Customs and Traditions



          Customs and Traditions in the Regt have been handed down through the ages. Maintenance of customs and traditions is a tremendous unifying and driving force. Glorious traditions set by the Regiment play an important part not only to bring respect to the Regimental but also to, ensure victory in Operations.

Quarter guard                                     

          The mounting of Quarter Guard is a ceremonial event. The Quarter Guard is mounted by the Adjutant and others on week days; on Saturdays and Sundays, it is mounted by the Duty JCO of the Day. The best  turned out Other Rank is selected as the Commanding Officer’s Stick Orderly who has the privilege of  accompanying the Commanding Officer wherever he goes. Pipers and  Drums do not from part of the Quarter Guard. If the Commanding Officer visits the Quarter Guard, it always turns out unless specifically ordered not to.


          In the beginning the normal salutation or way of exchanging greeting with Others Ranks and Junior Commissioned Officers was ‘Jai Hind’ or ‘Ram Ram’. Slowly this gave way to ‘Jai Gorakh’, which has now become a common greeting in the Regiment. This form of salutation was recommended by Captain VK Jain (2/11 GR) sometime in 1968 upon this return from an assignment in Nepal and accepted by the Regiment.

Handing/Taking Over of the Baton

          A custom linked to the Quarter Guard is the visit of the incoming and outgoing Commanding Officers. The outgoing Commanding Officer turns out the guard, takes the salute, signs  the visitors book and returns the Commanding Officers’ Baton to its case. On his return, he is again given a salute. Thereafter, the new Commanding Officer, if present, takes the salute, signs the book and takes the Baton from its case. On return, he is also given a salute for the second time. The same drill is followed by  the outgoing and incoming Subedar Majors.


  • when in uniform, sunglasses, umbrellas or caps in hand are not allowed.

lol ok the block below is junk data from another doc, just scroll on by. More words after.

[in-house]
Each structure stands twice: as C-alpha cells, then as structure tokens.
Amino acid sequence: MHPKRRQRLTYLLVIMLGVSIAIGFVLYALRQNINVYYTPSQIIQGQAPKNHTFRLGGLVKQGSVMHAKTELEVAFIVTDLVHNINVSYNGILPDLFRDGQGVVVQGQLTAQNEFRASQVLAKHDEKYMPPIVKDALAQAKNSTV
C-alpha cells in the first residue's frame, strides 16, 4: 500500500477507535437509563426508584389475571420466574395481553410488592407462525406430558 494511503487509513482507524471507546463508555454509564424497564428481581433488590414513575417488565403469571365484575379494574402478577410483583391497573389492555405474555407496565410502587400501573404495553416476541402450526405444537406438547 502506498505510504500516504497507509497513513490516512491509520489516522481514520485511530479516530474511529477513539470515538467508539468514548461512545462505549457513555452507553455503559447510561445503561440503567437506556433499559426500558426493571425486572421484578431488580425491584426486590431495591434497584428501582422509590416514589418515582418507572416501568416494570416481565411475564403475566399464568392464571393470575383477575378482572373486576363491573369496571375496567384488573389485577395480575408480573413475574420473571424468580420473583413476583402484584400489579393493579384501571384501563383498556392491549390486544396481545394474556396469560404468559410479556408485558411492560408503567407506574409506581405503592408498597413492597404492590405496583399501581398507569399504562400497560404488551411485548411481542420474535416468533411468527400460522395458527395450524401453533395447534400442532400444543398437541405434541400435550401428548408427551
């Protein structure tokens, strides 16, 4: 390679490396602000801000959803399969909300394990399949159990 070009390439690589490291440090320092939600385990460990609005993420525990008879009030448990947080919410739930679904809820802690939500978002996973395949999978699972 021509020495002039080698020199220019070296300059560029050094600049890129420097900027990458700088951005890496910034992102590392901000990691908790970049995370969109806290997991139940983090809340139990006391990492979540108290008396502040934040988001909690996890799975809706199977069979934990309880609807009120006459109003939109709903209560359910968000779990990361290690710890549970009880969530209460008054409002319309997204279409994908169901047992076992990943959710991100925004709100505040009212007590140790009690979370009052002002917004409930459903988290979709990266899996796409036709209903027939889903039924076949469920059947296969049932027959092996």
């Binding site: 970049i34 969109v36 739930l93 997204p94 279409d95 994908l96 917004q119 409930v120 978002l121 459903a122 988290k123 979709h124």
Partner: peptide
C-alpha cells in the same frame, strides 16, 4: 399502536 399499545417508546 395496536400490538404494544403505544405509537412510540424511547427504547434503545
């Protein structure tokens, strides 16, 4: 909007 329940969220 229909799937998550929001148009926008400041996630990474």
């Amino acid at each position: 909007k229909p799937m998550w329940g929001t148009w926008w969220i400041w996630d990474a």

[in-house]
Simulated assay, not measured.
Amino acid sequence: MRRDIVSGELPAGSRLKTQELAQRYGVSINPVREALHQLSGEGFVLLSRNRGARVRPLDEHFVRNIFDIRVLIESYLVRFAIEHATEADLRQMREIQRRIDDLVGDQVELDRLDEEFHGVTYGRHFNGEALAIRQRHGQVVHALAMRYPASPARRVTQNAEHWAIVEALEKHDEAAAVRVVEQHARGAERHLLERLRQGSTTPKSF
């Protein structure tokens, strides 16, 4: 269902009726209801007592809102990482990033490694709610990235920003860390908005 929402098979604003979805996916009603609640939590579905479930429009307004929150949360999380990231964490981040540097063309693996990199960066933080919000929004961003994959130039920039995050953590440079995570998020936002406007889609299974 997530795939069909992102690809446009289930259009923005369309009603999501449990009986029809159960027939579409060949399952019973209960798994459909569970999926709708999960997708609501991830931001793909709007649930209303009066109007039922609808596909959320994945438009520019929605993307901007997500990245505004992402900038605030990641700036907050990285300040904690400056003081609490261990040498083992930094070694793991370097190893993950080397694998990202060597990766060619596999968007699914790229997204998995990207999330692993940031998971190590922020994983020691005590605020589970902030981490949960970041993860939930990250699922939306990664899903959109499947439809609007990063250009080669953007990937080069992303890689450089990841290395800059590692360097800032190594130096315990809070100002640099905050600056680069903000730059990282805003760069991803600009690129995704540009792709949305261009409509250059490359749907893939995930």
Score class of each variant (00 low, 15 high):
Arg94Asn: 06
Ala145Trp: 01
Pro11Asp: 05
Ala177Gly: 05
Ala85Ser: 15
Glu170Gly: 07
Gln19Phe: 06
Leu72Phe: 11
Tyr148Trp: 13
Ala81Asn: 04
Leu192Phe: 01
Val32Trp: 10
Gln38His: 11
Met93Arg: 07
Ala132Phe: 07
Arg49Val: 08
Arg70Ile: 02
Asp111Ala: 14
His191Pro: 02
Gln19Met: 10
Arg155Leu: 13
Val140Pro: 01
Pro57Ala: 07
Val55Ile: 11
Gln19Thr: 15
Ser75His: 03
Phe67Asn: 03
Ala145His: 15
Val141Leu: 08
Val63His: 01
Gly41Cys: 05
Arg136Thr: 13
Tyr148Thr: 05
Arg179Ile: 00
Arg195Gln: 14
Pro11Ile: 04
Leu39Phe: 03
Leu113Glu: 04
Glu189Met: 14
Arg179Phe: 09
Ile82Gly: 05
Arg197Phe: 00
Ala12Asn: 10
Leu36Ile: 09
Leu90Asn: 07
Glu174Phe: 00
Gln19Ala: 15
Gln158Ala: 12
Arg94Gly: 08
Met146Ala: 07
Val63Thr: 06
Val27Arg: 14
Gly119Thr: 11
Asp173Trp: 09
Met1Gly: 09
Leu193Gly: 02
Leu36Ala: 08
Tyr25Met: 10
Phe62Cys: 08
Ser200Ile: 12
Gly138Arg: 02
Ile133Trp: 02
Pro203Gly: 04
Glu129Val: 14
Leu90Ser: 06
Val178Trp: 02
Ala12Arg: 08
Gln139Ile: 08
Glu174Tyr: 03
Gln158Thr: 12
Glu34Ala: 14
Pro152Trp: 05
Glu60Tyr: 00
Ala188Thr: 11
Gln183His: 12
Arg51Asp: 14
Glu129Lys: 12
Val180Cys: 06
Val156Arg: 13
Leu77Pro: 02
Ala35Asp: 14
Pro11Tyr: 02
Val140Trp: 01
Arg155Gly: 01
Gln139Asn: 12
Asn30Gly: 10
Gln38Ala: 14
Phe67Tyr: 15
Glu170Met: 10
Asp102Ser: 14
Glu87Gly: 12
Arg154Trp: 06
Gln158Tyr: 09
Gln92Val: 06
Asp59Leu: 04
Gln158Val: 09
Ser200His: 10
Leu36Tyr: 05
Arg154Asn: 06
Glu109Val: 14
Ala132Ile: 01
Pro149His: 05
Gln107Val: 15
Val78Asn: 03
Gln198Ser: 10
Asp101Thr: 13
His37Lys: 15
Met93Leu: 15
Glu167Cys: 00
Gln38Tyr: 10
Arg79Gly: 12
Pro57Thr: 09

• No one smokes while walking in uniform or driving a vehicle.
  • Hands should be out of pockets, especially when talking  to a senior officer of  lady.
  • Chewing of pan, supari, tobacco or gum is prohibited while in office, in uniform, in public places or in a senior’s presence.

 Rote : The Orderly, A custom unique to 11 GR  was that the orderlies were addressed as ‘Rote’. Over the years, It has changed to ‘Sahayk’, ‘Rote’, it is believed, was part of Second World War tradition where the  orderlies shared their ‘roti’ (bread)  with the officer or at least brought cooked food for him.

Grooming Young Officers

          A young officer is attached to all the officers to learn  his Job well. He is encouraged to learn  Nepali, attend company roll call, games, and  know all about the troops of his platoon. He is made to attend all the   promotion and training cadres and fire annual classification with the troops. He is made to read military history, especially the history of the Regiment, history of Mess Silver pieces, learn about the bugle calls and the drinks and how they are served, serving of wine on the dinner table , how  a formal dinner table is laid and the method of serving  food, as also the  tunes that are played by the band on dinner night. They are encouraged to write articles for Regimental and Gorkha Brigade Journal.